The main danger of nuclear power is radiation. Radiation is measured in millirems, abbreviated mrem. The average radiation exposure to the public due to a 1985 radiation leak in the nuclear waste burial ground near Moorhead, Kentucky, was under 0.1 mrem. In addition, a leak of radioactivity from the nuclear power plant near Rochester, New York in 1982 caused a maximum exposure of less than 0.3 mrem. In fact, the radiation exposure in the great majority of cases is less than 1 mrem (Cohen 52). For example, of the 218 nuclear incidents in the United States in 1988, none leaked more that 0.5 mrem to the surrounding areas (Wolfson 188). Even in the highly publicized accident in 1979 at Three Mile Island, Pennsylvania, the average exposure in the surrounding area was only 1.2 mrem (Cohen 52). Radiation spills and accidents due to the nuclear power industry expose the public to an average of less than 1 millirem of radiation per accident. The constant bombardment of cosmic rays exposes the average person to 30 mrem per year. He is also hit by 20 mrem/year from radioactive materials in the ground such as uranium, potassium, and thorium. The brick, stone, and plaster in the walls of buildings around him expose him to 10 mrem/year. Radioactivity in his own body adds an additional 25 mrem/year (Cohen 52). These combined give an average dose of 85 mrem per year from natural sources, which is about 1/4 mrem every day. Therefore a person is exposed to the same amount of radiation from accidents due to the nuclear power industry as he does from his environment every four days. Individuals living in the immediate neighborhood of a nuclear power plant can expect to receive 1 mrem every year, not even 1 percent of background radiation (Wolfson 184). This 1 millirem is approximately the dose a passenger receives from cosmic rays on an airline flight to Chicago from New York (Wolfson 184). Clearly, the radiation from the operation of a nuclear power plant is no less safe than everyday activities. The safeness of any action or event can also be expressed as a risk. One way to express risk is the Loss of Life Expectancy (LLE). According to Bernard Cohen, a professor of physics and radiation health at the University of Pittsburgh, the LLE, "is the average amount by which one's life is shortened by a risk" (118). The LLE of a risk is the probability that it will cause death multiplied by the consequences in terms of lost life expectancy if it does. This is not how much sooner a person may die, but as Cohen explains: As an example, statistics indicate that an average 40 year old person will live another 37.3 years, so if that person takes a risk that has a 1 percent chance of being immediately fatal, it causes an LLE of 0.373 years (0.01 ? 37.3). It should be clear that this doesn't mean he will die 0.373 years sooner as a result of taking this risk. But if 1,000 people his age took this risk, 10 might die immediately, having their lives shortened by 373 years, while the other 990 would not have their lives shortened at all. Hence the average lost lifetime for the 1,000 people would be 0.373 years. This is the LLE of that risk. (118)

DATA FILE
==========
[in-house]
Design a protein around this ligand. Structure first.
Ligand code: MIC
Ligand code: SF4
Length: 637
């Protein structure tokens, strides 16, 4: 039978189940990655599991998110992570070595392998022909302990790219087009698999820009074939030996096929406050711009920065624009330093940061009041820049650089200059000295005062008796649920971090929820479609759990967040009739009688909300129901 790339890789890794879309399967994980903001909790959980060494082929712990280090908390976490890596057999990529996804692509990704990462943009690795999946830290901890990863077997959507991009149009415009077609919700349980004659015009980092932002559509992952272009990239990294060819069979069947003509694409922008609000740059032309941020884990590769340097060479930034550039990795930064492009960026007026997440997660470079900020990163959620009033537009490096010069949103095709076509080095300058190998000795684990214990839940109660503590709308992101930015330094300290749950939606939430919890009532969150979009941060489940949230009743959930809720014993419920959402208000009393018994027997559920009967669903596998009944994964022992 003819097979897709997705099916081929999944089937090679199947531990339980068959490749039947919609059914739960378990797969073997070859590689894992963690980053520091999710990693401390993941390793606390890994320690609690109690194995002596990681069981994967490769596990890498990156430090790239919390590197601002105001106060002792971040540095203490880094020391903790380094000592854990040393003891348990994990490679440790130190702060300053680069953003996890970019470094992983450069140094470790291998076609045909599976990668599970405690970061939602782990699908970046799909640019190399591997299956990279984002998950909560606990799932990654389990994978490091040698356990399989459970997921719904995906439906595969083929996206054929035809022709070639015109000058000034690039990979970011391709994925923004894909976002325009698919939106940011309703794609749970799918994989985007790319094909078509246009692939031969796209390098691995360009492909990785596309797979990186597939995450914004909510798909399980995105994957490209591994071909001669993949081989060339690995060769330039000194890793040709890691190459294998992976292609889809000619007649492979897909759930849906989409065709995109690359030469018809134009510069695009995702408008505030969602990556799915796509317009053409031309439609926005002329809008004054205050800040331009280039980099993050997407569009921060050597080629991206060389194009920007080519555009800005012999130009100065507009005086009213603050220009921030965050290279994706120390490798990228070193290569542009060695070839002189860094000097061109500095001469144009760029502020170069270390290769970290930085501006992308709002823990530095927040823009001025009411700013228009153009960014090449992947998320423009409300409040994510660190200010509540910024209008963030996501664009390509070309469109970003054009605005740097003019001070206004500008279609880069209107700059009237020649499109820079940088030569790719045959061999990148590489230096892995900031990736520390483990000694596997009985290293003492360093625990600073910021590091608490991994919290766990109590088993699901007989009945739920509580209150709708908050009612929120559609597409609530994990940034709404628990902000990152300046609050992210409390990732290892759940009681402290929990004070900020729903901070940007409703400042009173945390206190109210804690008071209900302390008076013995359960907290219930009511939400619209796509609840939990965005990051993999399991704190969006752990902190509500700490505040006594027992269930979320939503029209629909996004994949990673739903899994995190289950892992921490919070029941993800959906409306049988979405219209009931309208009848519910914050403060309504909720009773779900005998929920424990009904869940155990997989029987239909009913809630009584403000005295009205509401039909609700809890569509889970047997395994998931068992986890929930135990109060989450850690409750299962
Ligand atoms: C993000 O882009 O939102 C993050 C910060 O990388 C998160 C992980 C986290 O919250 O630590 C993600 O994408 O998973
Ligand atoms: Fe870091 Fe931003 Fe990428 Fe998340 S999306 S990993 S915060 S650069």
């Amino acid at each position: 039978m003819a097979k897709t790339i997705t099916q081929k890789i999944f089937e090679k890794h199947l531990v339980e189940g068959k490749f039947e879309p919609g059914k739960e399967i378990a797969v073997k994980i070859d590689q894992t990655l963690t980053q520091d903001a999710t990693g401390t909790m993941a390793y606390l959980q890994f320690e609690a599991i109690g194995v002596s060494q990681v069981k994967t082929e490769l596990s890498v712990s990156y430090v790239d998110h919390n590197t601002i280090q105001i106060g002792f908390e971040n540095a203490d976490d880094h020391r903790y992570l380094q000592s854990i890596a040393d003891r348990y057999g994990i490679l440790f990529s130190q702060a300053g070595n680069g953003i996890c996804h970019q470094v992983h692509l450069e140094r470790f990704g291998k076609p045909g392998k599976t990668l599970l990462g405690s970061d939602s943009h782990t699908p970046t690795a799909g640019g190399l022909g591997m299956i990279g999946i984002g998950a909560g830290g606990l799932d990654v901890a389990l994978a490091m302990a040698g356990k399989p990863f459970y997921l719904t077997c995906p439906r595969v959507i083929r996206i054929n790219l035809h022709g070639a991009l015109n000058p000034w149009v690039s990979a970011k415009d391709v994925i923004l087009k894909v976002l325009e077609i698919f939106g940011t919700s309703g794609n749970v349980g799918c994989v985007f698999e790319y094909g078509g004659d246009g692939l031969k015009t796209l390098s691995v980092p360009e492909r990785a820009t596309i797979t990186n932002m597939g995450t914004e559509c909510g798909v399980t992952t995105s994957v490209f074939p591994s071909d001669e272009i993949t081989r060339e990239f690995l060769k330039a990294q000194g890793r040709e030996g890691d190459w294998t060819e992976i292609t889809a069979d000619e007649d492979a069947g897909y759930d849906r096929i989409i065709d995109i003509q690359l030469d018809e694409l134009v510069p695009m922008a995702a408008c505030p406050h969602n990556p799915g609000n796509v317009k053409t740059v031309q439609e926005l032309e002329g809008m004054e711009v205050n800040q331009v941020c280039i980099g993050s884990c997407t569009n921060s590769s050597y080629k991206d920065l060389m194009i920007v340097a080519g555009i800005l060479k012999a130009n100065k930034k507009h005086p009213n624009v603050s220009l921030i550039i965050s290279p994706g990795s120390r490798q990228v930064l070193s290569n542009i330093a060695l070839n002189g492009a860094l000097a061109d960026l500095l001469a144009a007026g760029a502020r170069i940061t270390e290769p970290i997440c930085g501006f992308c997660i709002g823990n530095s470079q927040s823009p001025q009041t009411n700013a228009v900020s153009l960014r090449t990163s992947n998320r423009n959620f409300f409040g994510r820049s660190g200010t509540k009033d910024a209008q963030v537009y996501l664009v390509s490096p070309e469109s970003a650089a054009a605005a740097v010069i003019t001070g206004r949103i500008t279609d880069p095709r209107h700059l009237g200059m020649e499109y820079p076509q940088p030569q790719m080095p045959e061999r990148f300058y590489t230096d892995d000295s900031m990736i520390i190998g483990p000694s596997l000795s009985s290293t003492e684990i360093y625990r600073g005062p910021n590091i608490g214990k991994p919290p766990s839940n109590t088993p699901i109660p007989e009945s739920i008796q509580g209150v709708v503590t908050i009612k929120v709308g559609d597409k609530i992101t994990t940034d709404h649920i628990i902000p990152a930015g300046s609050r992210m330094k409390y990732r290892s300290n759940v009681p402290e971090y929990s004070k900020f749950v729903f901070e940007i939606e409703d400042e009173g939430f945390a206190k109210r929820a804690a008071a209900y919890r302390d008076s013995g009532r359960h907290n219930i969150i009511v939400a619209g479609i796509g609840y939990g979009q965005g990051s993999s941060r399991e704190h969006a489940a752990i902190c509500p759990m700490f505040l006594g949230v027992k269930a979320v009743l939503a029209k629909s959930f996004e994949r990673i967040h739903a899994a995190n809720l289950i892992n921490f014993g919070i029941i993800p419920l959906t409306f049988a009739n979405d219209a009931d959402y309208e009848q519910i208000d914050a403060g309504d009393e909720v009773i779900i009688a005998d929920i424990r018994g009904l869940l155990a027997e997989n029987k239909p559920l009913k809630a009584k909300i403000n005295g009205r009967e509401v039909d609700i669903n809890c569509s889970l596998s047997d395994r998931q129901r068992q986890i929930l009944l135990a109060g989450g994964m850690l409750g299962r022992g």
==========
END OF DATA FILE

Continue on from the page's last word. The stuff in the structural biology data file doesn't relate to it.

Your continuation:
The LLE of living in the immediate neighborhood of a nuclear power plant is 0.4 days. This is the equivalent to a smoker having one extra cigarette every 15 years, or raising the speed limit from 55 mph to 55.006 mph (Rhodes 98). In addition, a study by the Union of Concerned Scientists estimated the LLE of a full national nuclear power program of 1.5 days, hardly more than the LLE for eating one tablespoon of peanut butter every day for a year of 1.1 days. This is also the equivalent of an overweight person gaining 0.45 ounces (Rhodes 98). Nuclear power is not nearly as dangerous a risk as taking birth control pills, marrying a smoker, being fifteen pounds overweight, or living in poverty, with LLEs of 5, 50, 450, and 3500 days, respectively (Cohen 128). Clearly, nuclear power does not represent a comparatively significant risk. A recent study by the American Lung Association and the American Thoracic Society shows that "tens of thousands of people a year are dying as a result of air pollution that is with our [the EPA's] current standards" ("Study" 3). The study showed that adults living in places with high levels of fine-particle pollution-due in part to fossil-fired power plants and in no way by nuclear power plants-had a 26% higher risk of death than those living in areas with lower particle pollution ("Study" 3). In addition, a 1000 Megawatt coal burning plant will cause 35.5 deaths per year: 30 to the general public from a respiratory disease due to air pollution; 1.5 from coal mining accidents; and 4 to coal miners from "black lung" disease. However, the operation of a 1000-MW nuclear plant will cause only 0.8 deaths in a year: 0.5 to the general public from radiation-induced cancer caused by normal emissions, nuclear waste, and reactor accidents; 0.2 from uranium mining accidents, and 0.1 to uranium miners from radon-induced lung cancer (Wolfson 253). Thus coal power, the main source of electricity in the United States, is 44 times as deadly as nuclear power. Conversely, nuclear power is safer than coal power. In conclusion, nuclear power is safe enough to be used. Clearly, nuclear-generated power is still a viable energy source. It is an practical, comparably safe source of energy, and harmless to the environment. In the wake of Chernobyl and Three Mile Island, the world is still ready for nuclear power.